Miguel de Cervantes Saavedra is one of the most famous authors ever to grace our fair orb. His masterpiece, Don Quixote, should place in any respectable list of the greatest novels written, is the first modern European novel (if you believe Wikipedia) and is to the Spanish language what Shakespeare is to English. The image of the title character waging war on windmills is an enduring one and the word quixotic has entered our lexicon, though I challenge you to use in in everyday life. The book has inspired artwork, a ballet, musicals, numerous films and the Donkey Hodie puppet character from Mr. Rogers’ Neighborhood. Cervantes’ work is renowned, but the exploits of his life have gone mostly untold outside of Spain. This post is about his life, not his life’s work.
Cervantes was born in 1547, near Madrid, in the city of Alcalá de Henares, a place who’s other claim to fame is a large population of storks. Depending on the account you read, his father was or was not a deaf barber-surgeon. In those times, barbers would perform such vital elements of surgery as bloodletting, while also carrying out enemas. The family was poor, and young Miguel was one of seven children. As to his formal education, some speculate he spent time at university, but most Cervantists take the view that he was relatively uneducated.
Cervantes struck out on his own to seek his fortune, winding up in Rome in the services of a cardinal before joining the military. He fought in the Battle of Lepanto in 1571 under the command of Don John of Austria, the bastard son of Holy Roman Emperor Charles V. The battle saw the Holy League, formed by such epically named combatants as the Spanish Empire, the Papal States, the Knights of Malta, the Trade Republics of Genoa and Venice and various other Italian duchies, defeat the Ottoman Empire in a naval battle for control over the Mediterranean Sea. The European historical record sees the battle as a defining moment, stemming the tide of Turkish expansion westward. Cervantes received commendations from Don John himself for his valor in battle. He was shot three times, twice in the chest, while the third rendered his left arm useless for the rest of his life.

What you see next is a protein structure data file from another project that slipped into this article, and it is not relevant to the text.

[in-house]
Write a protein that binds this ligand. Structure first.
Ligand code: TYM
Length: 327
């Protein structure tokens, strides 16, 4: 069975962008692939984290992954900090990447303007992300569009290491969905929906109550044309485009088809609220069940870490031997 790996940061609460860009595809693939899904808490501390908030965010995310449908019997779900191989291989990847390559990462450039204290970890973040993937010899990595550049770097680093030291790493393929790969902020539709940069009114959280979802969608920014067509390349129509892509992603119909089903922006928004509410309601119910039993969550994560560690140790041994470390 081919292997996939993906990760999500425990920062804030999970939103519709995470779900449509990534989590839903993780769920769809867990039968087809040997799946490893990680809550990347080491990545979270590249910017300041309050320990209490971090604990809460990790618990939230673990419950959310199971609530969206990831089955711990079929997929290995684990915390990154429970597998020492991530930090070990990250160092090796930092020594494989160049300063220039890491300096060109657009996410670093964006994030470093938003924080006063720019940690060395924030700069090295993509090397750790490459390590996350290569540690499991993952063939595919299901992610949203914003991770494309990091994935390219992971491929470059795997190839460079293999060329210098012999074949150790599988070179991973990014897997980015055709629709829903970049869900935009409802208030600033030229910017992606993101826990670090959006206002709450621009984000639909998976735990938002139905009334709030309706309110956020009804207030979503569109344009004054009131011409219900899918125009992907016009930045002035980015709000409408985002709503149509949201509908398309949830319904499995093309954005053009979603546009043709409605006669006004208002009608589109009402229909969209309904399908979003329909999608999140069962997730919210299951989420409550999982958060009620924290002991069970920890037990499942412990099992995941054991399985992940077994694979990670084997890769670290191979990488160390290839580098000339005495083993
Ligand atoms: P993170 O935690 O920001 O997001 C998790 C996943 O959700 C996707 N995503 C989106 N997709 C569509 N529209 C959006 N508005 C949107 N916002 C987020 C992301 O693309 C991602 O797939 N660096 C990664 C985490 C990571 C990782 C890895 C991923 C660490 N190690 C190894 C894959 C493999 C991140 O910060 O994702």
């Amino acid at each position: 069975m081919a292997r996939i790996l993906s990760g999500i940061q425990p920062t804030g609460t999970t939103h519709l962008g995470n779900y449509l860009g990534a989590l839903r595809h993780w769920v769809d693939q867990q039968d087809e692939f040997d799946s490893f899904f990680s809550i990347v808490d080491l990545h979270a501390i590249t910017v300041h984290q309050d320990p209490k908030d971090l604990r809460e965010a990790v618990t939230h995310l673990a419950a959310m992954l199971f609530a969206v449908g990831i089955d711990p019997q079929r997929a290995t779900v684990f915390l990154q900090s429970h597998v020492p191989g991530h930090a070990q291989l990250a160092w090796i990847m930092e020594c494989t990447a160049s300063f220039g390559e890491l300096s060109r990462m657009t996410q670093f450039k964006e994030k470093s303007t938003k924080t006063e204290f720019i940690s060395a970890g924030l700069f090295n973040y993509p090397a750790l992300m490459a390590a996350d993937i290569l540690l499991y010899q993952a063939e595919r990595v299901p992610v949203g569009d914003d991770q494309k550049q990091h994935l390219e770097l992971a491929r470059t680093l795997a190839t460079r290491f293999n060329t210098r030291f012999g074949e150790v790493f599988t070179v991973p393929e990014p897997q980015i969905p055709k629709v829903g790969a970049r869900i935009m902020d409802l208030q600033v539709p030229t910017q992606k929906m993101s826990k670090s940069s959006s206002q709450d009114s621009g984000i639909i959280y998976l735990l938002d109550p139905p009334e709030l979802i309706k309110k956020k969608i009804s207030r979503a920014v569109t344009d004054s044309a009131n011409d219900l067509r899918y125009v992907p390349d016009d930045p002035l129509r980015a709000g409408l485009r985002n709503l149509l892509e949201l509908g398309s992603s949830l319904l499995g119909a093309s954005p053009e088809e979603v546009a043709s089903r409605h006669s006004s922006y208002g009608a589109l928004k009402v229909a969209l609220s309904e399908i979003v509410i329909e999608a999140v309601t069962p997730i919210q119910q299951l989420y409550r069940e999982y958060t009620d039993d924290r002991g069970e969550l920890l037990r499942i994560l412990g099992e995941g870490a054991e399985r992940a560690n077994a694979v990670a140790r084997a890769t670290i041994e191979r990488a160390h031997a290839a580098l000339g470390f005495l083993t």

After 6 months in hospital recovering, Cervantes resumed his naval career. He traveled to Genoa, Tunis and Corfu among other places before catching a galley home in 1575. Alas, a homecoming was not in the cards for our hero. Algerian pirates attacked the ship off of the Catalan coast and he, along with his brother Rodrigo, were sold into slavery. Five years and multiple failed escape attempts passed before he would gain his freedom after his parents, with the help of the Trinitarian Order (a holy order whose founding purpose was to secure the release of christians held captive by non-christians), were able to ransom him.
Now home in Madrid, maimed and with no means of earning a living, Cervantes began to write. He wrote up to 40 plays but few survive. Around this time he married Catalina de Salazar y Palacios, a younger woman, the daughter of a farmer. He also had a child from a previous relationship though little is known of any of these women. He was also supporting his mother and his sisters at this time and took up work as a purchaser for the Spanish Armada. He also took a post as a tax collector. He was twice imprisoned for irregularities in his bookkeeping. Legend has it that he either dreamt up the concept or, alternately, began Don Quixote while in prison in Sevilla.
Don Quixote was published in 1605, and despite its never-ceasing run as a top-selling novel, did not guide Cervantes to fortune. He was payed a fee by the publisher upon its completion, but received no further royalties (they hadn’t been invented) from his magnum opus. He did, however, gain notoriety both in his home and abroad.
Cervantes published various other pieces, but continued to battle poverty until the end. His health began to fail him. Then, out of the blue, a bootleg sequel was released by an Alonso Fernández de Avellaneda. The true identity of the pseudonymous author has never been determined, but the counterfeit work is not well regarded. Cervantes got into high gear on the true sequel, publishing it shortly afterward, even taking jabs at the fake.
Cervantes died on April 23, 1616, the same day as William Shakespeare. UNESCO has named the date International Day of the Book. In all actuality, they died on different days due to Spain and England’s use of different calendars. He was buried in the nearby Trinitarian convent, but when the order moved locations and took their bones with them, his remains were lost to history forever. It’s an ignoble end for one of Europe’s greatest writers, but considering the turmoil of his life, a fitting end to the story.
His legacy is immense, his influence far-reaching. There are no known true portraits of Cervantes, though his image has been created and replicated endlessly. A more lasting testament to the man are the hordes of Don Quixote and Sancho Panza statues that dot the landscape of his homeland and abroad, timeless as the pages they grace.
- Terry Gilliam makes new attempt to complete “Don Quixote” (panarmenian.net)
- The Ingenious Gentleman M. Cervantes Saavedra,…”The Haves and The Have-nots” (thegreyparade.wordpress.com)